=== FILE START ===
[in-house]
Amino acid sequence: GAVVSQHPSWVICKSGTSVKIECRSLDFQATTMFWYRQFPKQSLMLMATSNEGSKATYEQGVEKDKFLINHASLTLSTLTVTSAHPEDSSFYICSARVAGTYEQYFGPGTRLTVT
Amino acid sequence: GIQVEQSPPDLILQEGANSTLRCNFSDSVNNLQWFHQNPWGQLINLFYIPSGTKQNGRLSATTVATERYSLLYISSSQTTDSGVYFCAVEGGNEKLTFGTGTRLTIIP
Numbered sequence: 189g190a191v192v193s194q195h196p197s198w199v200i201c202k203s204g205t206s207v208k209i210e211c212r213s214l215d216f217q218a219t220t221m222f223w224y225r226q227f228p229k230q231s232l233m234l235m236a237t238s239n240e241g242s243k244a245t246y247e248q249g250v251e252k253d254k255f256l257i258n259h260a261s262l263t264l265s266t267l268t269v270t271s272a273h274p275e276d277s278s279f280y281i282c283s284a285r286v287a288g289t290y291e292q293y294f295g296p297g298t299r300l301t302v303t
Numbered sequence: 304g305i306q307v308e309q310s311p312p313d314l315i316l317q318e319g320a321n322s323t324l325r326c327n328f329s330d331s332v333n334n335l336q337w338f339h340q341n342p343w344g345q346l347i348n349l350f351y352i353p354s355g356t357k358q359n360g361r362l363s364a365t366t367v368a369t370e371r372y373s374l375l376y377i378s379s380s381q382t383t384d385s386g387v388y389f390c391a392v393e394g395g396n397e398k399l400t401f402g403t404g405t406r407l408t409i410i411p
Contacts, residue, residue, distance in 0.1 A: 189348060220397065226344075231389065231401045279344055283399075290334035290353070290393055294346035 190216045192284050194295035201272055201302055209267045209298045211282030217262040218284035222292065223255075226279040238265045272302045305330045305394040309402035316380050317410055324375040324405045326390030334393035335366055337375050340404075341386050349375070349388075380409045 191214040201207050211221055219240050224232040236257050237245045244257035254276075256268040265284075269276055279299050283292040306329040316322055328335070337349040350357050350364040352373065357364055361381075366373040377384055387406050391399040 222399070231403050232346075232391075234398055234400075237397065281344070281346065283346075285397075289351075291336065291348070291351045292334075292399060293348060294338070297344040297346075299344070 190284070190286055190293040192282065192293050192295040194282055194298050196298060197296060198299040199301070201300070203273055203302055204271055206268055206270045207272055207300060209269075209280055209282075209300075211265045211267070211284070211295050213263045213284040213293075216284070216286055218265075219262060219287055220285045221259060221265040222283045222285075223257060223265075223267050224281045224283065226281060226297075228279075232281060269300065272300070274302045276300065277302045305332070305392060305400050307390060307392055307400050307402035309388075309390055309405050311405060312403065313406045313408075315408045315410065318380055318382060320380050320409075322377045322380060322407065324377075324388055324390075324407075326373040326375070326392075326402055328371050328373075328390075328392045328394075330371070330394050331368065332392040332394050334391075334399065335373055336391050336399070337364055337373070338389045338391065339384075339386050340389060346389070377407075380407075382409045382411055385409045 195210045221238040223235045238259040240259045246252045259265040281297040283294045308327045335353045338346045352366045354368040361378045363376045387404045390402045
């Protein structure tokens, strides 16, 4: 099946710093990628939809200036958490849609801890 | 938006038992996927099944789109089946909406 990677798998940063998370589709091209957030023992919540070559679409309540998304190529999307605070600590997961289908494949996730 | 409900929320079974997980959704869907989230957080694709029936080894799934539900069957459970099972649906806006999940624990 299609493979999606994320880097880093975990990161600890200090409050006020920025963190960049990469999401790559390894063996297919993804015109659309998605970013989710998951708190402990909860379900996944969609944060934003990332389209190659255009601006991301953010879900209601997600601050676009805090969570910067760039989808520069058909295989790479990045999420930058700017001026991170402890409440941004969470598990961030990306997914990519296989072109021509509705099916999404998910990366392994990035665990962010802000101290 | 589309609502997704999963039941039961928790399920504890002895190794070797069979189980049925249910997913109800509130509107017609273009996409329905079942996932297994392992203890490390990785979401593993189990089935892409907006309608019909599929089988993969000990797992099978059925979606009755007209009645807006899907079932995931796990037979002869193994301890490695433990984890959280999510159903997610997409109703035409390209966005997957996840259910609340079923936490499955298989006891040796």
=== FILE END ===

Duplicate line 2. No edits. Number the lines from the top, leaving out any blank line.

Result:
Amino acid sequence: GAVVSQHPSWVICKSGTSVKIECRSLDFQATTMFWYRQFPKQSLMLMATSNEGSKATYEQGVEKDKFLINHASLTLSTLTVTSAHPEDSSFYICSARVAGTYEQYFGPGTRLTVT